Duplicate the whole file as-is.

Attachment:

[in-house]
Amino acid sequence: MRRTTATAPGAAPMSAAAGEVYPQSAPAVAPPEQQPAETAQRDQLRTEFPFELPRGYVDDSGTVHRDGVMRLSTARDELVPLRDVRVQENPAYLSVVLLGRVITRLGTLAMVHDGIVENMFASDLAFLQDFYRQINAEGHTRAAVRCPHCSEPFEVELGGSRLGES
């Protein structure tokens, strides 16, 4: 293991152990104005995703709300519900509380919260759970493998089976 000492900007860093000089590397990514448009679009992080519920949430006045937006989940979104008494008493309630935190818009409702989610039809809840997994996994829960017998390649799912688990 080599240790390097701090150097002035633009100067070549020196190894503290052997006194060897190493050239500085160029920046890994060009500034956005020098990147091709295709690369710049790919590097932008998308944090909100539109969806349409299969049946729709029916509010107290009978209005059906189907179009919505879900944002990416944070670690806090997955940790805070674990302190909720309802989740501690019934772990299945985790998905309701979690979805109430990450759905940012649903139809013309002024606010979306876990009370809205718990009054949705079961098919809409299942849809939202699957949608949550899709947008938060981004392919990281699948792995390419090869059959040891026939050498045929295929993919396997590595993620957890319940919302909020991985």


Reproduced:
[in-house]
Amino acid sequence: MRRTTATAPGAAPMSAAAGEVYPQSAPAVAPPEQQPAETAQRDQLRTEFPFELPRGYVDDSGTVHRDGVMRLSTARDELVPLRDVRVQENPAYLSVVLLGRVITRLGTLAMVHDGIVENMFASDLAFLQDFYRQINAEGHTRAAVRCPHCSEPFEVELGGSRLGES
């Protein structure tokens, strides 16, 4: 293991152990104005995703709300519900509380919260759970493998089976 000492900007860093000089590397990514448009679009992080519920949430006045937006989940979104008494008493309630935190818009409702989610039809809840997994996994829960017998390649799912688990 080599240790390097701090150097002035633009100067070549020196190894503290052997006194060897190493050239500085160029920046890994060009500034956005020098990147091709295709690369710049790919590097932008998308944090909100539109969806349409299969049946729709029916509010107290009978209005059906189907179009919505879900944002990416944070670690806090997955940790805070674990302190909720309802989740501690019934772990299945985790998905309701979690979805109430990450759905940012649903139809013309002024606010979306876990009370809205718990009054949705079961098919809409299942849809939202699957949608949550899709947008938060981004392919990281699948792995390419090869059959040891026939050498045929295929993919396997590595993620957890319940919302909020991985």